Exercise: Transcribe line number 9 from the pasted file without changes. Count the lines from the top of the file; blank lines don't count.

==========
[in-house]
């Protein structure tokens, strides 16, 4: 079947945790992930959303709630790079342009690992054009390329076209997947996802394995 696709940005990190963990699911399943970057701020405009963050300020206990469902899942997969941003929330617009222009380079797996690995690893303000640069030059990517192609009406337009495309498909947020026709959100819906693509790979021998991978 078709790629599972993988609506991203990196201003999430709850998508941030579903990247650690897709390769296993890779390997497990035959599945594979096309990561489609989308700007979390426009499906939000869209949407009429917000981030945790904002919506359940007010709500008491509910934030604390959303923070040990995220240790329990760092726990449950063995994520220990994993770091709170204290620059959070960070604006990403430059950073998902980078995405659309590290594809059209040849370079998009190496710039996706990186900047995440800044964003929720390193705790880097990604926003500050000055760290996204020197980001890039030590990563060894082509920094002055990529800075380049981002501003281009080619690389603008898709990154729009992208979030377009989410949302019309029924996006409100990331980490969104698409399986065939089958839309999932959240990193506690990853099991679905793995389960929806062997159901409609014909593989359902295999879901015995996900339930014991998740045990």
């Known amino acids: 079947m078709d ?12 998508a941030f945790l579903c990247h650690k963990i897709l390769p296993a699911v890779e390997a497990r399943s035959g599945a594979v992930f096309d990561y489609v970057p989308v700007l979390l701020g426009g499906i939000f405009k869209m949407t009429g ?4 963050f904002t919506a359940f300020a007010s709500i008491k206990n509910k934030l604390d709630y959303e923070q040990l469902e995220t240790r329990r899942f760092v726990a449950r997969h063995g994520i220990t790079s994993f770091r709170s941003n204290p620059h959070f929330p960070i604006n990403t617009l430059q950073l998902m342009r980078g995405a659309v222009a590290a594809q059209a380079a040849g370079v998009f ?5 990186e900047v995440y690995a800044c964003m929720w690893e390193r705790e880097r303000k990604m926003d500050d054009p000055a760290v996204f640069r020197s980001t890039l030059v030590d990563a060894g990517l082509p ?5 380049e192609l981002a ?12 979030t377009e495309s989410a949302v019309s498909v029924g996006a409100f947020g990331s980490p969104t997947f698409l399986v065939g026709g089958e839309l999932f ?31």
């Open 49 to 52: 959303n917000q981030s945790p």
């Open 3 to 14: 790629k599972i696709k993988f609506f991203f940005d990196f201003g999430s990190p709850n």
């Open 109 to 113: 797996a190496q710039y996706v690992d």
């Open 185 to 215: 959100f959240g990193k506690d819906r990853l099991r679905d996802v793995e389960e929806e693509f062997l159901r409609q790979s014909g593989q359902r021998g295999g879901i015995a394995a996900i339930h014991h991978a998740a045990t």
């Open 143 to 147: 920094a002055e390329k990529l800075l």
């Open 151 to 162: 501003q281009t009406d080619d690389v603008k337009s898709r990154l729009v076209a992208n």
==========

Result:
């Open 151 to 162: 501003q281009t009406d080619d690389v603008k337009s898709r990154l729009v076209a992208n």